Some of tasks I wrote start and never end. Ansible does not provide any errors or logs that would explain this, even with -vvvv option. Playbook just hangs and passing hours doesn't change anything.

When I try to run my tasks manually (by entering commands via SSH) everything is fine.

Example task that hangs:

- name: apt upgrade
  shell: apt-get upgrade

Is there any way to see stdout and stderr ? I tried:

- name: apt upgrade
  shell: apt-get upgrade
  register: hello
- debug: msg="{{ hello.stdout }}"
- debug: msg="{{ hello.stderr }}"

but nothing changed.

I do have required permissions and I pass correct sudo password - other tasks that require sudo execute correctly.


10 Answers 10


Most Probable cause of your problem would be SSH connection. When a task requires a long execution time SSH timeouts. I faced such problem once, in order to overcome the SSH timeout thing, create a ansible.cfg in the current directory from which your are running Ansible add the following:


ssh_args = -o ServerAliveInterval=n

Where n is the ServerAliveInterval (seconds) which we use while connecting to the server through SSH. Set it between 1-255. This will cause ssh client to send null packets to server every n seconds to avoid connection timeout.

  • 9
    The following fixed my woes: [ssh_connection]\n ssh_args = -o ServerAliveInterval=30 -o ControlMaster=auto -o ControlPersist=60s Commented Dec 12, 2015 at 22:28
  • 6
    A small note. ServerAliveInterval=100 on its own slows down executing ansible tasks. You have to combine it with ControlMaster=auto -o ControlPersist=10m Commented Jul 17, 2016 at 12:56

I was having same problems with a playbook.

It ran perfectly until some point then stopped so I've added async and poll parameters to avoid this behavior

- name: update packages full into each server
  apt: upgrade=full
  ignore_errors: True
  async: 60
  poll: 60

and it worked like a charm! I really don't know what happened but it seems now Ansible take in mind what's going on and don't freezes anymore !

Hope it helps

  • 9
    what's going on is that instead of sitting waiting on the command (and timing out on the ssh connection), ansible will check back on the command - in this case every 60 seconds to a maximum of 60 seconds (in other words, once). This sidesteps the issue of ssh timing out.
    – Sirex
    Commented Jan 4, 2017 at 3:02
  • Mine ends up doing fatal: [fto-tctest03]: FAILED! => {"async_result": {"ansible_job_id": "j167156773363.3704", "finished": 0, "invocation": {"module_args": {"_async_dir": "/root/.ansible_async", "jid": "j167156773363.3704", "mode": "status"}}, "results_file": "/root/.ansible_async/j167156773363.3704", "started": 1, "stderr": "", "stderr_lines": [], "stdout": "", "stdout_lines": []}, "changed": false, "msg": "async task did not complete within the requested time - 60s"} Commented Apr 24 at 16:01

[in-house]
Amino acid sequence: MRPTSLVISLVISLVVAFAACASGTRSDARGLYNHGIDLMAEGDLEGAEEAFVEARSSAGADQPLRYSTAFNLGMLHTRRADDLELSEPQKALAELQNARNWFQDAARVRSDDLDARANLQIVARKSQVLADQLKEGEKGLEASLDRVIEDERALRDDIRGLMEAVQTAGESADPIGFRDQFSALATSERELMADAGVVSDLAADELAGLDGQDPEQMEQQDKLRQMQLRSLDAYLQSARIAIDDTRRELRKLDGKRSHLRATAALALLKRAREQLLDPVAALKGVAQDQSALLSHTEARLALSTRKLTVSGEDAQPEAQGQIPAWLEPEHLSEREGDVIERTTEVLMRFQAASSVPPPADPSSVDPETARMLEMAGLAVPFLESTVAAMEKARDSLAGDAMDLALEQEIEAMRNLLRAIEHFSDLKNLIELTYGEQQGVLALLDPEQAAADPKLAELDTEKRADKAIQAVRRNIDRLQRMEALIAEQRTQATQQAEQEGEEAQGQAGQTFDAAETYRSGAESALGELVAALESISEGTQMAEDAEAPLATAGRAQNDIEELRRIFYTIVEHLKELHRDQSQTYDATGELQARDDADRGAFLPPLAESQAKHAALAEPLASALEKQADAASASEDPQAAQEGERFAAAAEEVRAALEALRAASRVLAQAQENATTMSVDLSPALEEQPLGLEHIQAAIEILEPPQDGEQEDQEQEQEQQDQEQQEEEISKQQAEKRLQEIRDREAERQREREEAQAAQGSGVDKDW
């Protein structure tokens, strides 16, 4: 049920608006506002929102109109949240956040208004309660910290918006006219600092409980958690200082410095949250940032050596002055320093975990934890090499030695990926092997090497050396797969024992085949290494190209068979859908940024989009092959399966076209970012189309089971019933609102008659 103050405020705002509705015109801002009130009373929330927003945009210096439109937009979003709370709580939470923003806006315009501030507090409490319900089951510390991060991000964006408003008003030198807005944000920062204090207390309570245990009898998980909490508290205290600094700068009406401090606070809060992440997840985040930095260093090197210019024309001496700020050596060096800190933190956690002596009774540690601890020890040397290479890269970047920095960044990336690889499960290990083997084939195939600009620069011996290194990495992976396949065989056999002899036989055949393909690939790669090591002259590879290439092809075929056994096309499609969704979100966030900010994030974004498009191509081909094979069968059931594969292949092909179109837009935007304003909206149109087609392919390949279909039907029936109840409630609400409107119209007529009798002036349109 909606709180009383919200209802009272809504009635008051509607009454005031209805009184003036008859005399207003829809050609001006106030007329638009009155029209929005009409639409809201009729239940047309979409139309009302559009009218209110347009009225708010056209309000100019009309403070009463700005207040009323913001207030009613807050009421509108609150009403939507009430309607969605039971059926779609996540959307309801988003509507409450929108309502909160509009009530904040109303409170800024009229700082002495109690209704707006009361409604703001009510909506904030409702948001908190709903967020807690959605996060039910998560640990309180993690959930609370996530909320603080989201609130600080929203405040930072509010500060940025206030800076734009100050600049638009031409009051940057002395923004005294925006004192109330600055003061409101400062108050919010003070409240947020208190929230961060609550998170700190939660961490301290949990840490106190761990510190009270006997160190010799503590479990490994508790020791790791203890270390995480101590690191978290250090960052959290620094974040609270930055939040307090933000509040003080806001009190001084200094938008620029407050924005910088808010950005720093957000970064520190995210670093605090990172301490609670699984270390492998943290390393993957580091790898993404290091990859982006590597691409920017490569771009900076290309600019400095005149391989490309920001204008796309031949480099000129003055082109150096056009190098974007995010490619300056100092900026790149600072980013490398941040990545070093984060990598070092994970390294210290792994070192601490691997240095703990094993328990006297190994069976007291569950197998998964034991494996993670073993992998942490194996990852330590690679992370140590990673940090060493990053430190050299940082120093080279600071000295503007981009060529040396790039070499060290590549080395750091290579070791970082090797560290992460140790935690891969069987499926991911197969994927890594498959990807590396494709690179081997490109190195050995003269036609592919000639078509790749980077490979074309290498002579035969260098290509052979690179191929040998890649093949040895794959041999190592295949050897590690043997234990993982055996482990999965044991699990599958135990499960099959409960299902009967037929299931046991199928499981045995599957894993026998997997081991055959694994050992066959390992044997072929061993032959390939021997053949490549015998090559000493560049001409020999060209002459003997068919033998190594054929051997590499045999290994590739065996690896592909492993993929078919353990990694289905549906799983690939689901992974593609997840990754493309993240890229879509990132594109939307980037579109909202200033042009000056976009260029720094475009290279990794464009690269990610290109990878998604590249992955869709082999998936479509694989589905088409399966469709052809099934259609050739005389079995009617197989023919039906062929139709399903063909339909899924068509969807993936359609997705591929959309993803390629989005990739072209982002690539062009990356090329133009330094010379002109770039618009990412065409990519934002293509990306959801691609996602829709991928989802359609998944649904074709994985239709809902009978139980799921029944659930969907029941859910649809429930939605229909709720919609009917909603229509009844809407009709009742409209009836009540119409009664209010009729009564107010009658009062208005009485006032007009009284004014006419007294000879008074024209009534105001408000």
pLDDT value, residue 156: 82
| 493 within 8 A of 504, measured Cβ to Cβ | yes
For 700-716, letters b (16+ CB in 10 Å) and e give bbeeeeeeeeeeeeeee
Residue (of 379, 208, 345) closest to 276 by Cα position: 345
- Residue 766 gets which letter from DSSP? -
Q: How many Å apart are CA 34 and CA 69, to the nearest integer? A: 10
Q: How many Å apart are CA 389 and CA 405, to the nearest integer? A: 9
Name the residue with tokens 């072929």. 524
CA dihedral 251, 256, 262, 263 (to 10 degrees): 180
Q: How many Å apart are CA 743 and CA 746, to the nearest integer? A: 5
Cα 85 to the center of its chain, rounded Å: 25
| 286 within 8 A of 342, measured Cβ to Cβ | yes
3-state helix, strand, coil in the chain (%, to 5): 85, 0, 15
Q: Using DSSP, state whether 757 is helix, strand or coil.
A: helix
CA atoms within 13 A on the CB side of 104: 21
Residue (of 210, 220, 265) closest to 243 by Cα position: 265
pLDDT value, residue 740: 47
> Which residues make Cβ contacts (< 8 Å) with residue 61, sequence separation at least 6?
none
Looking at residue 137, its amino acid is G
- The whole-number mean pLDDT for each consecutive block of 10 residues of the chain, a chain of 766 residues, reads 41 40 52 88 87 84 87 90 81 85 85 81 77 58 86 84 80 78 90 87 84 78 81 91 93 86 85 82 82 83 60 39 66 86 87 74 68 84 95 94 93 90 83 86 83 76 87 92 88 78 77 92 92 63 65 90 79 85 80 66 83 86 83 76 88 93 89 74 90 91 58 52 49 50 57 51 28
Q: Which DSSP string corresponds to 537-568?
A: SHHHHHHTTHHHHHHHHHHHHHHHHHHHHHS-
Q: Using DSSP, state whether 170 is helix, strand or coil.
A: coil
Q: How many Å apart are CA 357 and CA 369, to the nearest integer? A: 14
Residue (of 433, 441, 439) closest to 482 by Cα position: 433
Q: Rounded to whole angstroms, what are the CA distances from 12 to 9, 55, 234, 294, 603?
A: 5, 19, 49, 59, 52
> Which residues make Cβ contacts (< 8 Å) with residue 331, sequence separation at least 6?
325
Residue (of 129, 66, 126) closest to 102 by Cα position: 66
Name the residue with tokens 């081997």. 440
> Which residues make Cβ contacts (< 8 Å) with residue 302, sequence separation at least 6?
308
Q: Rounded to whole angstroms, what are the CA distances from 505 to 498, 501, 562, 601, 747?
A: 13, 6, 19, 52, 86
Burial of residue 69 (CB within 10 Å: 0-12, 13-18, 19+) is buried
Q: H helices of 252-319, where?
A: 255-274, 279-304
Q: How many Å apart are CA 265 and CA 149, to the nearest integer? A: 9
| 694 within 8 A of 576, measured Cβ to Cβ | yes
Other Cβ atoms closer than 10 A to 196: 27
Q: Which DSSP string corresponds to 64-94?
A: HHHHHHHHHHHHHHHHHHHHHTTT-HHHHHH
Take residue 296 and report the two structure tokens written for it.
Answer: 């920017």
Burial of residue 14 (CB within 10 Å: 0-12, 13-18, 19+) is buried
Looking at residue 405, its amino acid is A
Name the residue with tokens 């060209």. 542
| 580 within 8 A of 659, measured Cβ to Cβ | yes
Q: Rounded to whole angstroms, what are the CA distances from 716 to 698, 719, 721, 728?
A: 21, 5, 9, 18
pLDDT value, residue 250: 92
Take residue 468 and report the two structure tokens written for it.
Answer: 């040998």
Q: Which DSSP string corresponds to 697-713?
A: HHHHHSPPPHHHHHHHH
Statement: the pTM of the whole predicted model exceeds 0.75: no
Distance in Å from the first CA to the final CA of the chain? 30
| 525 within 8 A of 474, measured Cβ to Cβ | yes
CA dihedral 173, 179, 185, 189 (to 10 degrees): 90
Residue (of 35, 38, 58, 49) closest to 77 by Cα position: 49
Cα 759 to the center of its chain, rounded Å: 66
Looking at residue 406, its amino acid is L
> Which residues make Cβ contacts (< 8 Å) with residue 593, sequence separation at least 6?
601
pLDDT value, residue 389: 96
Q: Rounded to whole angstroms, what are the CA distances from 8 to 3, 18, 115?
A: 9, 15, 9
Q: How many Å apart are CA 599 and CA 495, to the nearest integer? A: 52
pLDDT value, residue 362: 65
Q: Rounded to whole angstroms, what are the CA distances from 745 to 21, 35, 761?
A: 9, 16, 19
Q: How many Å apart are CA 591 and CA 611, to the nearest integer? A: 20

I had the same issues and after a bit of fiddling around I found the problem to be in the step of gathering facts. Here are a few tips to better resolve any similar issue.

Disable fact-gathering in your playbook:

- hosts: myservers
  gather_facts: no

Rerun the playbook. If it works, then it means that the culprit is not in the SSH itself but rather in the script gathering the facts. We can debug that issue quite easily.

  1. SSH to the remote box
  2. Find the setup file somewhere in .ansible folder.
  3. Run it with ./setup or python -B setup

If it hangs, then we know that the problem is here for sure. To find excactly what makes it hang you can simply open the file with an editor and add print statements mainly in the populate() method of Facts. Rerun the script and see how long it goes.

For me the issue seemed to be trying to resolve the hostname at line self.facts['fqdn'] = socket.getfqdn() and with a bit of googling it turned out to be an issue with resolving the remote hostname.

  • 2
    What if my .ansible directory doesn't have a setup file, only a ./tmp directory which is also empty?
    – Josiah
    Commented Dec 6, 2016 at 22:28

In my case, ansible was "hanging forever" because apt-get was trying to ask me a question! How did I figure this out? I went to the target server and ran ps -aef | grep apt and then did a kill on the appropriate "stuck" apt-get command.

Immediately after I did that, my ansible playbook sprang back to life and reported (with ansible-playbook -vvv option given):

    " ==> Deleted (by you or by a script) since installation.",
    " ==> Package distributor has shipped an updated version.",